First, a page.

My fabulous colleagues at Triskele make me sound rather nice.

Thanks, gang!

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This is the third in our series – what each brings to Triskele Books.

http://triskelebooks.blogspot.ch/2017/01/triskele-author-feature-jj-marsh.html

Guest piece for Words with JAM magazine by yours truly, on magic book descriptions that work.
http://www.wordswithjam.co.uk/2017/01/how-to-write-killer-blurb.html

Ten steps.

Five of which happen before you even begin to write.

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Start with bare branches…

This week, I’ve been obsessing over characters’ names and why it’s so important to get them right. Just like plot, setting, research and characters, each requires a depth of understanding from the author which never makes it to the page.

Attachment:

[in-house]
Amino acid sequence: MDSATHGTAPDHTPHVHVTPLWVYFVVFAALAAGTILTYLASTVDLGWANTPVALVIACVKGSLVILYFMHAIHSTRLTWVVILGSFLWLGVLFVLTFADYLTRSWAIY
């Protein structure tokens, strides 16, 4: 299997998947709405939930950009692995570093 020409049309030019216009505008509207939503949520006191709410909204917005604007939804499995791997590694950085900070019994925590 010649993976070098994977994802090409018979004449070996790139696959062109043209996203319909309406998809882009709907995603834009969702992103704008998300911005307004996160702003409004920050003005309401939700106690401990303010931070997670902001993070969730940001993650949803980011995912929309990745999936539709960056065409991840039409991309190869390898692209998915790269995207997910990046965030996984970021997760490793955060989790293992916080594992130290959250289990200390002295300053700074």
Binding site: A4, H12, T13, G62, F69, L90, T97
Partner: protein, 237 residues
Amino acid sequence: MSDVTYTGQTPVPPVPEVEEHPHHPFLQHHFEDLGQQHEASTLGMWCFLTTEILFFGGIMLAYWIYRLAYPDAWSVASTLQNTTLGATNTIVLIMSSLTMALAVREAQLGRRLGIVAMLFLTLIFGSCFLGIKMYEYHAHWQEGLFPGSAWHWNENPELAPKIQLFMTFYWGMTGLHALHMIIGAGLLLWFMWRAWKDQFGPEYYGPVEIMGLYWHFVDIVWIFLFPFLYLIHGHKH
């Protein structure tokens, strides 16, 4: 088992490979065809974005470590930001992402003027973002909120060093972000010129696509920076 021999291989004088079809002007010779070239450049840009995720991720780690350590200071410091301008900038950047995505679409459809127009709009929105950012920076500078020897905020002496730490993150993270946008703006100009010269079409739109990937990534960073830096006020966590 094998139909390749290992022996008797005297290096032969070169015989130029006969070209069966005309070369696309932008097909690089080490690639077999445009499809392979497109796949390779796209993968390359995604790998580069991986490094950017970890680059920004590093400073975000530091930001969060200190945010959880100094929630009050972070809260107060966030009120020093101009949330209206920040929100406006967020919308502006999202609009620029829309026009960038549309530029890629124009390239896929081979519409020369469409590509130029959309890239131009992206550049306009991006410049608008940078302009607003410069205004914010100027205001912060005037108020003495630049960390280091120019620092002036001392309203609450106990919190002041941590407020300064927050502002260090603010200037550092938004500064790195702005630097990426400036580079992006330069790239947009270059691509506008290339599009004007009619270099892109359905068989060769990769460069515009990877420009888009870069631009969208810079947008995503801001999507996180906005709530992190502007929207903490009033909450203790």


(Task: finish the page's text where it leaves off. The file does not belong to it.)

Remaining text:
What makes a name work? Here are ten things I’ve learned.

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Actors often quote a snippet of advice. Memorable names follow a syllable pattern. Three in the first name, one in the second. Jeremy Irons. Emily Blunt. Harrison Ford. Virginia Woolf. Cormoran Strike. Rosamund Pike. Atticus Finch. Orlando Bloom. Vivien Leigh. Beatrice Stubbs.

Names carry all kinds of coded messages and subconscious associations which can make a name become an essential part of the character. They must feel right, for the writer and the reader. Colours, animals, professions all trigger feelings of trust, affection or suspicion we may not even realise. Sirius Black. Scarlett O’Hara. Cat Baloo. Mike Butcher. Dickens was a master of character encapsulation within a name.